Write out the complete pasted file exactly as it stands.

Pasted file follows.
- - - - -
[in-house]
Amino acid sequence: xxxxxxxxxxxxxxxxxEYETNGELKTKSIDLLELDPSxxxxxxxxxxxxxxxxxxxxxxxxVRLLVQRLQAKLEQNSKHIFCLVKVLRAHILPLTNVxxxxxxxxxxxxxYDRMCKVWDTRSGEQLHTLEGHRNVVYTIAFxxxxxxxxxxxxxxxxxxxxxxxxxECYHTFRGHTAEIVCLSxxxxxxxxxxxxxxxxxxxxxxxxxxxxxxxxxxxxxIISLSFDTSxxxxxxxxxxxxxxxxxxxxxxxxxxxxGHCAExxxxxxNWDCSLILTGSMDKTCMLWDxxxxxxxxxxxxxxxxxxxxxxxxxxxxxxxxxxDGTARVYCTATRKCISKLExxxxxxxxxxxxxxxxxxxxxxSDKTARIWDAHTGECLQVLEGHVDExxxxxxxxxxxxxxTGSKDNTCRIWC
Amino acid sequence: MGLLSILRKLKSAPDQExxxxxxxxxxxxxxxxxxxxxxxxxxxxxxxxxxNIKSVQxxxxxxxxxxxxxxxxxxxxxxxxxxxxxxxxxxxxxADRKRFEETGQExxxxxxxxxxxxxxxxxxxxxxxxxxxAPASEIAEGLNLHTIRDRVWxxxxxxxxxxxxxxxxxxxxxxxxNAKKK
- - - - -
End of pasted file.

[in-house]
Amino acid sequence: xxxxxxxxxxxxxxxxxEYETNGELKTKSIDLLELDPSxxxxxxxxxxxxxxxxxxxxxxxxVRLLVQRLQAKLEQNSKHIFCLVKVLRAHILPLTNVxxxxxxxxxxxxxYDRMCKVWDTRSGEQLHTLEGHRNVVYTIAFxxxxxxxxxxxxxxxxxxxxxxxxxECYHTFRGHTAEIVCLSxxxxxxxxxxxxxxxxxxxxxxxxxxxxxxxxxxxxxIISLSFDTSxxxxxxxxxxxxxxxxxxxxxxxxxxxxGHCAExxxxxxNWDCSLILTGSMDKTCMLWDxxxxxxxxxxxxxxxxxxxxxxxxxxxxxxxxxxDGTARVYCTATRKCISKLExxxxxxxxxxxxxxxxxxxxxxSDKTARIWDAHTGECLQVLEGHVDExxxxxxxxxxxxxxTGSKDNTCRIWC
Amino acid sequence: MGLLSILRKLKSAPDQExxxxxxxxxxxxxxxxxxxxxxxxxxxxxxxxxxNIKSVQxxxxxxxxxxxxxxxxxxxxxxxxxxxxxxxxxxxxxADRKRFEETGQExxxxxxxxxxxxxxxxxxxxxxxxxxxAPASEIAEGLNLHTIRDRVWxxxxxxxxxxxxxxxxxxxxxxxxNAKKK